Owning the 19th Century

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Feast Day of the Cannibals
by Norman Lock
Bellevue Literary Press. 240 pages, $16.99

 

IN 1882, in Gilded Age New York, Washington Roebling, disabled by caisson disease (“the bends”), supervises construction of the Brooklyn Bridge from a second-story window in Brooklyn. Herman Melville, forgotten by the reading public, works as the chief inspector in the New York Customs House. And Samuel Clemens encourages Ulysses S. Grant, dying of throat cancer, to write his memoirs.

         These historical figures all appear in Norman Lock’s novel, along with his fictional protagonist Shelby Ross, a man with aristocratic manners and a classical education courtesy of the inherited fortune he lost when the Panic of 1873 ruined his business. As the novel opens, Ross has just begun working under Melville in the Customs House for three dollars a day. He visits Roebling, a childhood friend, and tells him the story of his downfall and the drudgery of his present work.

         There are several novels with gay themes about 19th-century American writers. In The Whale, Mark Beauregard imagines a brief love affair between Herman Melville and Nathaniel Hawthorne. Edmund White, in Hotel De Dream, has Stephen Crane write the novel about the love affair of a banker and a boy prostitute in New York that he abandoned when warned it would end his career. Most notable is The Master, Colm Tóibín’s brilliant recreation of the emotional life of Henry James. In his “American Novels” series, Norman Lock has previously published novels about Dickinson, Thoreau, Poe, Whitman, and Twain. Feast Day of the Cannibals is the first of his novels to explore the lives of 19th-century men who felt a sexual attraction to each other.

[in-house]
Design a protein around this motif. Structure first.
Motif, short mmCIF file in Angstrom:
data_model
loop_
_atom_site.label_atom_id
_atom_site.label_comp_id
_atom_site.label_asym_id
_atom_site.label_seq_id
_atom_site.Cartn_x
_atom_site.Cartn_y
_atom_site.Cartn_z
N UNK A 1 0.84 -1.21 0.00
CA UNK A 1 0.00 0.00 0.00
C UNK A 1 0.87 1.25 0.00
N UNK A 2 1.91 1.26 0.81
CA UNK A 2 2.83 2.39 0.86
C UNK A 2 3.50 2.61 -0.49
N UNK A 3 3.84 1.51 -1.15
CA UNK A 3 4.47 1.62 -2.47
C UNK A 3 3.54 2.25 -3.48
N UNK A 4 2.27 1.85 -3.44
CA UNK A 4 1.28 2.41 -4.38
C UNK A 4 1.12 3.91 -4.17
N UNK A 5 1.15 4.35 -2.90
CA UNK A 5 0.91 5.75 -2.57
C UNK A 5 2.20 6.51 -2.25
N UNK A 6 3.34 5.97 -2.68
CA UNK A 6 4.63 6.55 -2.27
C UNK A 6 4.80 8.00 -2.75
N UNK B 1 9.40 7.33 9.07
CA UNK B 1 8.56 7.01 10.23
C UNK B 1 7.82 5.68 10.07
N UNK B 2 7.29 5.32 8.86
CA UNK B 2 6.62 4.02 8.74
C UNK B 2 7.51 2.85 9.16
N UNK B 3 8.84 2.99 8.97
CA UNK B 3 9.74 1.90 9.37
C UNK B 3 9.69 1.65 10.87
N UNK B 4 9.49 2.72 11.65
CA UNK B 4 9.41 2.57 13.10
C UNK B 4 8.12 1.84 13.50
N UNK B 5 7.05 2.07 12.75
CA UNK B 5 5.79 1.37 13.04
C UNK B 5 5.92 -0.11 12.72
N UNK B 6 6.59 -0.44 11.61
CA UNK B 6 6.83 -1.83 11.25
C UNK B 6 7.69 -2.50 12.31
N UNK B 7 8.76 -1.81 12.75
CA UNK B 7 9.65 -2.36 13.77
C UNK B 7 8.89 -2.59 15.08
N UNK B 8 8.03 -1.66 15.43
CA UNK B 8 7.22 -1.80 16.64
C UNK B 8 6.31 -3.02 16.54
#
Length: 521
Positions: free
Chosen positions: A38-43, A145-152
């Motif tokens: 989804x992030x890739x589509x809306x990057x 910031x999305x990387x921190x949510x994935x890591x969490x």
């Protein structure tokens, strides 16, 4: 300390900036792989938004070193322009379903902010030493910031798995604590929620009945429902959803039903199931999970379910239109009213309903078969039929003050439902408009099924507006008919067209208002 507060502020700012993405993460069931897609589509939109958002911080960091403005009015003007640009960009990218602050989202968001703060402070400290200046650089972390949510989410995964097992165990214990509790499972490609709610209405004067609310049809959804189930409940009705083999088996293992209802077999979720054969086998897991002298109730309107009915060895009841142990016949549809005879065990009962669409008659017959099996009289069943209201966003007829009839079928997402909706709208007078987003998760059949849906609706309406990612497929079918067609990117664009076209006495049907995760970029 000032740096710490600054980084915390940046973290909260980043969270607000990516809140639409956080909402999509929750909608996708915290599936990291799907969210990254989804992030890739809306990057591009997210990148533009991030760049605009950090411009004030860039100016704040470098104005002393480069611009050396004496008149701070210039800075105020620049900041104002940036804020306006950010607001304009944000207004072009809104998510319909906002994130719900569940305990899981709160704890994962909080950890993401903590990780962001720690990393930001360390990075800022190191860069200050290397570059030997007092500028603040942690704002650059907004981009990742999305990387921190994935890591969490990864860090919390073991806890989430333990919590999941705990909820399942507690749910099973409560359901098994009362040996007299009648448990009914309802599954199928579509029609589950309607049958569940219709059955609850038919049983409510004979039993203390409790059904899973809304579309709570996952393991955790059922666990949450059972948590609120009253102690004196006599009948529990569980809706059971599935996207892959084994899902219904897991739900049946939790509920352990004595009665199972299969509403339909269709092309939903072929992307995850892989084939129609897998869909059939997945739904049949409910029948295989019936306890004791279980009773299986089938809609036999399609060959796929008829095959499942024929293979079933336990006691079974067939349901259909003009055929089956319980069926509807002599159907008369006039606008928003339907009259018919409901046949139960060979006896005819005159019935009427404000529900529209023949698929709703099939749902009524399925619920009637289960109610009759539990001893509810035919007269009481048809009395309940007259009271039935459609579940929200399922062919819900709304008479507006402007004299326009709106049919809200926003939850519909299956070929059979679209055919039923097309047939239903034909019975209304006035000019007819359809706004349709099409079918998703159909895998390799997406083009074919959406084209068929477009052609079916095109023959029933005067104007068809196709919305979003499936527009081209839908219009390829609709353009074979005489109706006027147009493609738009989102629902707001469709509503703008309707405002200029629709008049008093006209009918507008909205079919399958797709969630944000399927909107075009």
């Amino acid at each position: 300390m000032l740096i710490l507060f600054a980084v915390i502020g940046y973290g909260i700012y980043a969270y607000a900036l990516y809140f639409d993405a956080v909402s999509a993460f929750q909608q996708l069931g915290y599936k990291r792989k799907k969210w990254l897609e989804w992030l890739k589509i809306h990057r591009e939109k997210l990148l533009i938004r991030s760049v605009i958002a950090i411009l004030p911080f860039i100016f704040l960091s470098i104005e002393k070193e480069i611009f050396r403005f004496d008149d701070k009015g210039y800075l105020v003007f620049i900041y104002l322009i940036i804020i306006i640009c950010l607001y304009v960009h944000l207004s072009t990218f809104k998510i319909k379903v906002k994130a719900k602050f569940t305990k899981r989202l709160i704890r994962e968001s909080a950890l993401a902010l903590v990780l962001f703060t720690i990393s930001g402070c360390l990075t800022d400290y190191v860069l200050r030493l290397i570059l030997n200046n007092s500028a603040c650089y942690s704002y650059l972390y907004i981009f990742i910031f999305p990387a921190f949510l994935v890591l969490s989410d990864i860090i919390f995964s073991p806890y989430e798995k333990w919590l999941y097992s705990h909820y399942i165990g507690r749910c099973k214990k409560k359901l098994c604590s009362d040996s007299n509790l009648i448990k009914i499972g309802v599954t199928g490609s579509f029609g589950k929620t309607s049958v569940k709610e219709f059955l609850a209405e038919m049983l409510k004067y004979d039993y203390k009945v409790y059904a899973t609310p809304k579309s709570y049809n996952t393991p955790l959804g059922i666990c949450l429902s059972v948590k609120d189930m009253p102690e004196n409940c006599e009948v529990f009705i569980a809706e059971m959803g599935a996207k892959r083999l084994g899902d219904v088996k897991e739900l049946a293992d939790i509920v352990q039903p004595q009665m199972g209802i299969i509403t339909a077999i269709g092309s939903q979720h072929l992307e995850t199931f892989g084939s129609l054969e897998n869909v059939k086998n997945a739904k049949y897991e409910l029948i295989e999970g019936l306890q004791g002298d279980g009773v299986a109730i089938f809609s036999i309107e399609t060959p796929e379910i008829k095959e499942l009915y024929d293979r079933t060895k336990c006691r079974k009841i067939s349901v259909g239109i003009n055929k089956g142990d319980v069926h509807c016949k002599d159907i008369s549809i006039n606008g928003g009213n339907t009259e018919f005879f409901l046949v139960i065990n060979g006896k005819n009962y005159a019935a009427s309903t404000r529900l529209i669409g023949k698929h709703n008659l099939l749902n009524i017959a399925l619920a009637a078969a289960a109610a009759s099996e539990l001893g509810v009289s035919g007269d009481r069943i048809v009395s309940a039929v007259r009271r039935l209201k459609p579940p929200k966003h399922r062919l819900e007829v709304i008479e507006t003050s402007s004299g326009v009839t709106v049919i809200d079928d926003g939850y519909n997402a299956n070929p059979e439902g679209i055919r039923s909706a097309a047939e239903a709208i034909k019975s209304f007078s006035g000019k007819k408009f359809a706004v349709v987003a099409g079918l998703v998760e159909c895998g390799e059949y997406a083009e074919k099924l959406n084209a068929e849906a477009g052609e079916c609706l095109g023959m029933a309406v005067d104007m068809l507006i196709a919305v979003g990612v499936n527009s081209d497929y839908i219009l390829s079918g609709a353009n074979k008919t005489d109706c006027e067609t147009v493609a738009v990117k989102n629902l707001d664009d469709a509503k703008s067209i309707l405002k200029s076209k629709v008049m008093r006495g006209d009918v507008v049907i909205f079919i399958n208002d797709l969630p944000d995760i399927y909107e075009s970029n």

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Daniel A. Burr is a frequent contributor to this magazine.

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